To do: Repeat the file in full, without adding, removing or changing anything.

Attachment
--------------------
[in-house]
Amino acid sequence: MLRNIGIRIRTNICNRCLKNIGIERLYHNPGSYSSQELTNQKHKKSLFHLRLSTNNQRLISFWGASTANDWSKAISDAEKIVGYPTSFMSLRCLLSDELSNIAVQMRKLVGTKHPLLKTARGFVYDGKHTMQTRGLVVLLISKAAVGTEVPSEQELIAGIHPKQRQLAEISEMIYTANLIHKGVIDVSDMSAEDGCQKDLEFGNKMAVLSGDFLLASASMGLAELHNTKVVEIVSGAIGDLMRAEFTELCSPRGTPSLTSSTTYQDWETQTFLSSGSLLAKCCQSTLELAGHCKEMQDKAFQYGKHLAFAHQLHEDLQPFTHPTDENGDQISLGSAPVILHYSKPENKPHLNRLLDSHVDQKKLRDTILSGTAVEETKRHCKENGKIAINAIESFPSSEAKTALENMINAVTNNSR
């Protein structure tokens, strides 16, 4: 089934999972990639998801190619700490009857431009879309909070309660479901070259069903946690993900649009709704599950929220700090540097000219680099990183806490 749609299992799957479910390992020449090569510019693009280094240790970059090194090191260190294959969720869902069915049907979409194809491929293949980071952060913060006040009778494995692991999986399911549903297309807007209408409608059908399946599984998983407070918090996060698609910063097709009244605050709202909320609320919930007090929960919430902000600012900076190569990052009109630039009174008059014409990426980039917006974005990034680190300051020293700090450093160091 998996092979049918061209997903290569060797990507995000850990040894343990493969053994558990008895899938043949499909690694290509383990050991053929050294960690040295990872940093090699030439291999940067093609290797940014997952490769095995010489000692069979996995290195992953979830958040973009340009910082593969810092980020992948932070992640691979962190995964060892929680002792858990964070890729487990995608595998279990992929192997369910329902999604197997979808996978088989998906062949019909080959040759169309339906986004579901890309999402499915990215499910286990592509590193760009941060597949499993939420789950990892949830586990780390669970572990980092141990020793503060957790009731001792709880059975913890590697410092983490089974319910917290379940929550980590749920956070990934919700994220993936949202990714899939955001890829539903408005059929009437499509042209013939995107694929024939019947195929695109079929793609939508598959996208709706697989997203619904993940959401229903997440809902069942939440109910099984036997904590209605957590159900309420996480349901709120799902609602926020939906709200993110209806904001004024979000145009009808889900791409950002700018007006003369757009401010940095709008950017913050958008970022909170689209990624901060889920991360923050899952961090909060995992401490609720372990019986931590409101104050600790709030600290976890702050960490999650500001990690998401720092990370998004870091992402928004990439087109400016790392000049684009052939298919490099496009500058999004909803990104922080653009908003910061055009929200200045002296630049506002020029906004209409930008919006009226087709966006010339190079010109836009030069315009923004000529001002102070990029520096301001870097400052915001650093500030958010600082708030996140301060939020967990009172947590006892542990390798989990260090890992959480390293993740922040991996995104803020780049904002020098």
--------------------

[in-house]
Amino acid sequence: MLRNIGIRIRTNICNRCLKNIGIERLYHNPGSYSSQELTNQKHKKSLFHLRLSTNNQRLISFWGASTANDWSKAISDAEKIVGYPTSFMSLRCLLSDELSNIAVQMRKLVGTKHPLLKTARGFVYDGKHTMQTRGLVVLLISKAAVGTEVPSEQELIAGIHPKQRQLAEISEMIYTANLIHKGVIDVSDMSAEDGCQKDLEFGNKMAVLSGDFLLASASMGLAELHNTKVVEIVSGAIGDLMRAEFTELCSPRGTPSLTSSTTYQDWETQTFLSSGSLLAKCCQSTLELAGHCKEMQDKAFQYGKHLAFAHQLHEDLQPFTHPTDENGDQISLGSAPVILHYSKPENKPHLNRLLDSHVDQKKLRDTILSGTAVEETKRHCKENGKIAINAIESFPSSEAKTALENMINAVTNNSR
């Protein structure tokens, strides 16, 4: 089934999972990639998801190619700490009857431009879309909070309660479901070259069903946690993900649009709704599950929220700090540097000219680099990183806490 749609299992799957479910390992020449090569510019693009280094240790970059090194090191260190294959969720869902069915049907979409194809491929293949980071952060913060006040009778494995692991999986399911549903297309807007209408409608059908399946599984998983407070918090996060698609910063097709009244605050709202909320609320919930007090929960919430902000600012900076190569990052009109630039009174008059014409990426980039917006974005990034680190300051020293700090450093160091 998996092979049918061209997903290569060797990507995000850990040894343990493969053994558990008895899938043949499909690694290509383990050991053929050294960690040295990872940093090699030439291999940067093609290797940014997952490769095995010489000692069979996995290195992953979830958040973009340009910082593969810092980020992948932070992640691979962190995964060892929680002792858990964070890729487990995608595998279990992929192997369910329902999604197997979808996978088989998906062949019909080959040759169309339906986004579901890309999402499915990215499910286990592509590193760009941060597949499993939420789950990892949830586990780390669970572990980092141990020793503060957790009731001792709880059975913890590697410092983490089974319910917290379940929550980590749920956070990934919700994220993936949202990714899939955001890829539903408005059929009437499509042209013939995107694929024939019947195929695109079929793609939508598959996208709706697989997203619904993940959401229903997440809902069942939440109910099984036997904590209605957590159900309420996480349901709120799902609602926020939906709200993110209806904001004024979000145009009808889900791409950002700018007006003369757009401010940095709008950017913050958008970022909170689209990624901060889920991360923050899952961090909060995992401490609720372990019986931590409101104050600790709030600290976890702050960490999650500001990690998401720092990370998004870091992402928004990439087109400016790392000049684009052939298919490099496009500058999004909803990104922080653009908003910061055009929200200045002296630049506002020029906004209409930008919006009226087709966006010339190079010109836009030069315009923004000529001002102070990029520096301001870097400052915001650093500030958010600082708030996140301060939020967990009172947590006892542990390798989990260090890992959480390293993740922040991996995104803020780049904002020098």